This page covers steps to manually install MediaWiki, with additional configuration steps found at Manual:System_administration#Configuration.
MediaWiki installation requires basic familiarity with using a web host. It is easier if you have some experience with Apache (web server software), PHP and MySQL/MariaDB (database). Additional help is available at Project: Support desk.
The Appendices section below offers alternatives to manual installation. It also provides installation notes for specific system configurations.
Check the installation requirements
Check that your system meets the installation requirements.
Make sure to also check the Release notes of the MediaWiki version that you plan to install.
Download the MediaWiki software
Download the MediaWiki tar file from the official download page.
Generally, if you're using a production environment, you want to be running the latest stable release, which is MediaWiki 1.39.3.
Extract the MediaWiki software
The downloaded file is in
.zip or in
.tar.gz file format.
You need to uncompress this archive file before use.
You can uncompress the file locally (and then upload via FTP to the server) or directly on your server.
On Windows, uncompressing is usually done with software such as 7-Zip (free), WinZip, WinRAR or IZArc (free).
On Linux and Mac OS X, you can uncompress the file using the command:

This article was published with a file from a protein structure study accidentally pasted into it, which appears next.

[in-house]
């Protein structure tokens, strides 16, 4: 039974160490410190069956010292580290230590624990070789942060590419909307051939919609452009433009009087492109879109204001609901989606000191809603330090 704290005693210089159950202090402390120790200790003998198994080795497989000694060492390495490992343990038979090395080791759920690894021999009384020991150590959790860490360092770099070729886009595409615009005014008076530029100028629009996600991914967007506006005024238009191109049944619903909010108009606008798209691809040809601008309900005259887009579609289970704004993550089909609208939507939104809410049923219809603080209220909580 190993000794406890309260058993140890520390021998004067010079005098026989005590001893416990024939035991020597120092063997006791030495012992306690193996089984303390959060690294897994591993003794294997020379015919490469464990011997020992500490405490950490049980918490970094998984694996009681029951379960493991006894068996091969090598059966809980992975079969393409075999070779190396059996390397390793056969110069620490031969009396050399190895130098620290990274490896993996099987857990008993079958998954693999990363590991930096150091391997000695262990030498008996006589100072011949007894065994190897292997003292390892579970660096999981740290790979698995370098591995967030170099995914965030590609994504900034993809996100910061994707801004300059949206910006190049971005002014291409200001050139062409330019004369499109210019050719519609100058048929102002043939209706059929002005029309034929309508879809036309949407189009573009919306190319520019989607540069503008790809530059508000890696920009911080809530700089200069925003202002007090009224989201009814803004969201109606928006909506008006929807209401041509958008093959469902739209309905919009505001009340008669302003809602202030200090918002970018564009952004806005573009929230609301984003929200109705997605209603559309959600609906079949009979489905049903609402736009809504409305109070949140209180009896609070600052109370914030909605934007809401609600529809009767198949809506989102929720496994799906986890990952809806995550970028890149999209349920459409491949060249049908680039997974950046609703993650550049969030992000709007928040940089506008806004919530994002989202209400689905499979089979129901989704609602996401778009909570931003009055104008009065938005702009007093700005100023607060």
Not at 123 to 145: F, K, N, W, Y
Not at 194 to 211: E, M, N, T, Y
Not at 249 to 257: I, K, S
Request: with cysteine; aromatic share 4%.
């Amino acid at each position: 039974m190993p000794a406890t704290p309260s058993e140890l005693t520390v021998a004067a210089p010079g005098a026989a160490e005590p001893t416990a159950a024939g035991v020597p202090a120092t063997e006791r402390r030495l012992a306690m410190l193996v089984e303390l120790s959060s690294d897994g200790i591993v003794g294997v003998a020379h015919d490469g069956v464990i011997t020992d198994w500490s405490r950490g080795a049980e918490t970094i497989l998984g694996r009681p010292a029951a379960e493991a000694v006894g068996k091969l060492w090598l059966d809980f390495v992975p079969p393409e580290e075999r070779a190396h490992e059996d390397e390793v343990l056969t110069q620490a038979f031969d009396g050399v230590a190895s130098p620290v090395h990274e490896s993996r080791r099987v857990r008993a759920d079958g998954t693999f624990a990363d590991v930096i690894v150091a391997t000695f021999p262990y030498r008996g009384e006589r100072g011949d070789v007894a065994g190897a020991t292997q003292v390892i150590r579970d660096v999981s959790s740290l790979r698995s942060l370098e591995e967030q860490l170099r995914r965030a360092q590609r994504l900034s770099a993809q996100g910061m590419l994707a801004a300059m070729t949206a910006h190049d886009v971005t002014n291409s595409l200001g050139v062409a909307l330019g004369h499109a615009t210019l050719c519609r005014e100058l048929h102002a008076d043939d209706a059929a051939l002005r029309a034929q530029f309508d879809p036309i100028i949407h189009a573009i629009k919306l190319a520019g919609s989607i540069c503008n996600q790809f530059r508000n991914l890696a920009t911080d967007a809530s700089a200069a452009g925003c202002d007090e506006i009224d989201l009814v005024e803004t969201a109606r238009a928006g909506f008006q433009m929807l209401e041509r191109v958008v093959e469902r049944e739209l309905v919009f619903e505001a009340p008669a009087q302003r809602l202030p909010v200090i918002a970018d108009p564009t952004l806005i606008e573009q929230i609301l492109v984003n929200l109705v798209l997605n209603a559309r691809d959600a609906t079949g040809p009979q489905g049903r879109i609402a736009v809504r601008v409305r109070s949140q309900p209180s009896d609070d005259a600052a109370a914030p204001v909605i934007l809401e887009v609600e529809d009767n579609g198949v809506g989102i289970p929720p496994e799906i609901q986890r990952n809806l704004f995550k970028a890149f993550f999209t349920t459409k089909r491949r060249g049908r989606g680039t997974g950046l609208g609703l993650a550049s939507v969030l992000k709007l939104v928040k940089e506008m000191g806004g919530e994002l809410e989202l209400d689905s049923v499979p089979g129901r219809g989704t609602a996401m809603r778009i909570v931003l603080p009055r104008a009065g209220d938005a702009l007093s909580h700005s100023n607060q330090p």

tar -xzvf mediawiki-*.tar.gz
chown -R <new_owner_user> <mediawiki_folder>More info: Manual:Security#File_permissions
Upload files to your web server
If you have not already uploaded the files to your web server (or copied, if your web server software runs locally on your
localhost), do so now.
Upload the files to your web server's web directory either by:
- directly copying the unzipped folder or
- by using an FTP client such as FileZilla (Windows, OSX and Linux) or Cyberduck (Windows and OSX).
- by using software already provided by your hosting service, such as the cPanel File Manager
If your upload tool has a "change file names to lowercase" option, then you must disable this.
If you use the Apache HTTPD web server, the correct directory is specified in your
httpd.conf file in the
By default, this is
The exact location of the Apache server settings and directories file
httpd.conf depends on your operating system.
In Debian and Ubuntu, the file for Apache server settings and directories is
In Red Hat and Fedora, the file is
Rename the uploaded folder to whatever you would like to have in the URL.
If your web server is running as
http://localhost for example, renaming to
/w/ directory would mean you would access your wiki at
/wiki/if you want to set it up as a Short URL after running the installation script.
Set up the database
MediaWiki's installation script will ask you for a database name and database username, so MediaWiki can store the content of the wiki.
If you already have a database server and know the password for the "root" (admin) user, skip to the #Run the installation script section below.
If you don't know the password for the root user, for example if you are on a hosted server, you will have to create a new database before you run the MediaWiki installation script in the next section.
MariaDB/MySQL are the recommended databases. PostgreSQL and SQLite have limited support and should not be used unless there is a reason to. If you're unsure which database to choose, use MariaDB.
After finishing the database setup, continue with #Run the installation script below.
No further setup is required for SQLite if the
pdo-sqlite module for PHP is installed on the system.